So when you are passing by Moose Jaw on the highway and you see the little white church of Parsons Dietrich Pottery, stop in to say hi to Wendy, Zach and Devon and take a look around.

Enjoy our video interview below and feel free to share on social media. Nice comments are always welcome too!

“Renaissance Man” Artist Jeff Morris

“Renaissance Man” Artist Jeff Morris

"Kayak"

You know the type, a guy that seems to be able to do it all; fix anything, create anything, with the only limitations being that of his own imagination. Meet artist Jeff Morris of Portage la Prairie, Manitoba, a man with a vast imagination and seemingly no limitations to his creativity. When we arrived at his studio and gallery a few miles north of town we thought we were interviewing Jeff Morris the artist, but what we found in addition to that was also an inventor and explorer; a Renaissance man of sorts.

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Jeff Morris has always liked to create things, starting off as a youngster with the basics of a hammer, some wood and some ideas. It seemed like a logical choice then that he go into carpentry after high school, giving him the satisfaction of building functional wood structures and earning a living. And although he enjoyed it, he wasn’t able to unleash the creativity that was brewing inside of him, so he decided to transfer his wood construction skills into his artistic side and put the fun back into functional. The result has been not only beautiful and innovative wood pieces, but also Jeff’s expansion of creativity into other mediums.

"Lava Table" - wood construction

“Lava Table” – wood construction

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When we spoke with Jeff about what drives his art he kept coming back to his thirst for learning and discovery. Always experimenting with different techniques and having no shortage of new ideas, his curiosity is endless and is reflected in the variety of media he has his hands in such as concrete, wood, photography, painting and pottery. While he was giving us a tour of his spacious studio and workshop he also pointed out other inventive projects, such as the drum set he made from used propane cylinders; see video HERE, as well as the new musical instrument he made from the inner workings of a piano. If whiskey and slide guitar are more your style then check out the whiskey tumbler and glass slide that Jeff made from a whiskey bottle; see video HERE.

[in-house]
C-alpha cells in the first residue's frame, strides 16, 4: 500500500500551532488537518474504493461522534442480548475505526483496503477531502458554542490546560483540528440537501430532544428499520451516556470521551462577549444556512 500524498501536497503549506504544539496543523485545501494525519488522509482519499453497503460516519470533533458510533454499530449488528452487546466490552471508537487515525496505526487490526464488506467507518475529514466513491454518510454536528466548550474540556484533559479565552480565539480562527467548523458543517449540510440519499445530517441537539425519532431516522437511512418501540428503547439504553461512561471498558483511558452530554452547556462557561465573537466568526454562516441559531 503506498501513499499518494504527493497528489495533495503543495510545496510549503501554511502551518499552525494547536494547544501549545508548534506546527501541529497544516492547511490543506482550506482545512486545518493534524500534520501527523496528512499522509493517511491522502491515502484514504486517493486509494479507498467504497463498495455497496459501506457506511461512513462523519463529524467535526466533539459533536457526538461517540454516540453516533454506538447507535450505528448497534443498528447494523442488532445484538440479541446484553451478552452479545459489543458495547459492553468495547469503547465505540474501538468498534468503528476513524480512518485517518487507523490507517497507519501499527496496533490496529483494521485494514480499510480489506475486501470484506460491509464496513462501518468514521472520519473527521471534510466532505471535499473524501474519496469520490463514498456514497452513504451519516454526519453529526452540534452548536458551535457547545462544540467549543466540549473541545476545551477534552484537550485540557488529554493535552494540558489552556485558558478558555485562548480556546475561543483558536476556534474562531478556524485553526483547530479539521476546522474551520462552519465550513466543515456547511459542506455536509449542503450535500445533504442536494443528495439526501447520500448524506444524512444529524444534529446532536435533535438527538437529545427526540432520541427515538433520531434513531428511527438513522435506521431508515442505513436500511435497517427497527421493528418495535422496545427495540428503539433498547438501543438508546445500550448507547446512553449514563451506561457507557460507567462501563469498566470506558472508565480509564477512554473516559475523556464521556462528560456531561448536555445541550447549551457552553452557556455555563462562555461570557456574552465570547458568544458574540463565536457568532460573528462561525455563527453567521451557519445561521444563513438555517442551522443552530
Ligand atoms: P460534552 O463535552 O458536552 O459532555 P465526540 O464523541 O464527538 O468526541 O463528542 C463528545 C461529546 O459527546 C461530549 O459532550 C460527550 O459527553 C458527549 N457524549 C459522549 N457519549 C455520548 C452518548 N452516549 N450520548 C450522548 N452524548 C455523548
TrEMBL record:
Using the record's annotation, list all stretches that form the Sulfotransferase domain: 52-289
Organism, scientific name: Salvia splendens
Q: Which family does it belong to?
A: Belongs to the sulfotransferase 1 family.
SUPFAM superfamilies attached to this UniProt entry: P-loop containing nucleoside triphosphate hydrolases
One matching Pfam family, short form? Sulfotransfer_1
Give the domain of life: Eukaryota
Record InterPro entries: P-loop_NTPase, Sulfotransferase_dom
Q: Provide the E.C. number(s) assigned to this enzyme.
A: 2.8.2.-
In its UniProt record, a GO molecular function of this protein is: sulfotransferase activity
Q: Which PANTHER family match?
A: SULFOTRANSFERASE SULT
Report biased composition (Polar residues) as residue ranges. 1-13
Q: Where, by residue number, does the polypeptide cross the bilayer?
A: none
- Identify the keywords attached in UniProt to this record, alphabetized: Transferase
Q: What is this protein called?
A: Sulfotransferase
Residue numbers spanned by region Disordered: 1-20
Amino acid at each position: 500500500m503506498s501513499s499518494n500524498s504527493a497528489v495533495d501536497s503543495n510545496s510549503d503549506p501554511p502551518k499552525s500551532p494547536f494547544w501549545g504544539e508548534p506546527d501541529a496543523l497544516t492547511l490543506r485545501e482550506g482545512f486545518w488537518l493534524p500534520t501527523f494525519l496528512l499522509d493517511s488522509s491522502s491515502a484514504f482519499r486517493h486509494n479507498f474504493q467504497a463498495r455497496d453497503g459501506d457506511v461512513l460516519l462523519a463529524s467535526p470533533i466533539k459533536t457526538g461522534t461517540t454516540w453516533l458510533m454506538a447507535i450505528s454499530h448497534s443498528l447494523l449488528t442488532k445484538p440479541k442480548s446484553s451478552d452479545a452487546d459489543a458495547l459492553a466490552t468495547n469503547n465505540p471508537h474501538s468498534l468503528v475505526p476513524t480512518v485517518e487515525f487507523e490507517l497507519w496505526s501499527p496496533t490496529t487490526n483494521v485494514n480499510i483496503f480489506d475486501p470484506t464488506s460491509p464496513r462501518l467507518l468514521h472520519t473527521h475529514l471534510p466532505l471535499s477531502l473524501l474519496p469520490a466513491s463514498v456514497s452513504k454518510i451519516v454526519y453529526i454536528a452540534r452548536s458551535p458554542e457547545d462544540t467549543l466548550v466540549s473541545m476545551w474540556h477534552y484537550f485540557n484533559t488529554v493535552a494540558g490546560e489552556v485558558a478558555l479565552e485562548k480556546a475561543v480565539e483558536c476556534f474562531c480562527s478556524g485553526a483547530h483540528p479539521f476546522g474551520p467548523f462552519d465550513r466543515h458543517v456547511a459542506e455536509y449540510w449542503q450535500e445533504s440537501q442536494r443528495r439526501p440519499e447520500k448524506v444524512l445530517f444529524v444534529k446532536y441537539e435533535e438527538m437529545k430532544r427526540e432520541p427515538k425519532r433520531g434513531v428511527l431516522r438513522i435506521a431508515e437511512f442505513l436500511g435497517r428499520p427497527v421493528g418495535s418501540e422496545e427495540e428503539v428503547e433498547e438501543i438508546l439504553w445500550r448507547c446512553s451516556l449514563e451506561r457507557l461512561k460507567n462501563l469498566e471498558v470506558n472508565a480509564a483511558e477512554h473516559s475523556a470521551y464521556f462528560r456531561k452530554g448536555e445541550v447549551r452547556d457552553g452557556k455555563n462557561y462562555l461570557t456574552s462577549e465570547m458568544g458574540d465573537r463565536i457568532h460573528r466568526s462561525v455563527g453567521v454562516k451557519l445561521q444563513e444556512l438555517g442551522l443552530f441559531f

"Raver" - Assiniboine clay

“Raver” – Assiniboine clay

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Jeff admits that his projects are not based on the path of least resistance principle, and he likes it that way. Rather his methods are based more on his quest to satisfy his curiosity and the inherent challenges that come with it. For instance, buying clay for pottery is not too costly, but his discovery of a clay source along the Assiniboine River while he was out kayaking led him to hand dig and haul out a lifetime supply of clay; an enormous physical task. After testing out the initial few hundred pounds of clay with a couple of local potters and then researching the correct combination of additives to make successful pots, he now uses only the Assiniboine clay for all of his pieces.

Collaboration piece with Fred Acoby

Collaboration piece with Fred Acoby

One of the great messages that we took away from our visit with Jeff was that creating art, or any other project, does not have to involve expensive supplies that can stop you before you begin. If a person has a creative urge just waiting to burst from within them, just a little extra work using re-purposed or scrap items or even paints from a building supply store (Jeff’s not-so-secret supply), can get anyone started. In many cases Jeff’s creativity and innovation has lent itself to just providing the materials themselves for the project before the work on the artistic piece has even begun. Although the proverb “Necessity is the mother of invention” may apply to finding a solution through lack of financial means, for Jeff it means a necessity for trying new, unconventional, or historical methods that stoke his curiosity and that gives him a satisfaction of having taken the road less traveled to discovery. When asked if there were other mediums that he would to like to explore Jeff mentioned glass blowing but that it is quite a pricey endeavour. We don’t doubt that one day, somehow, Jeff will find a way.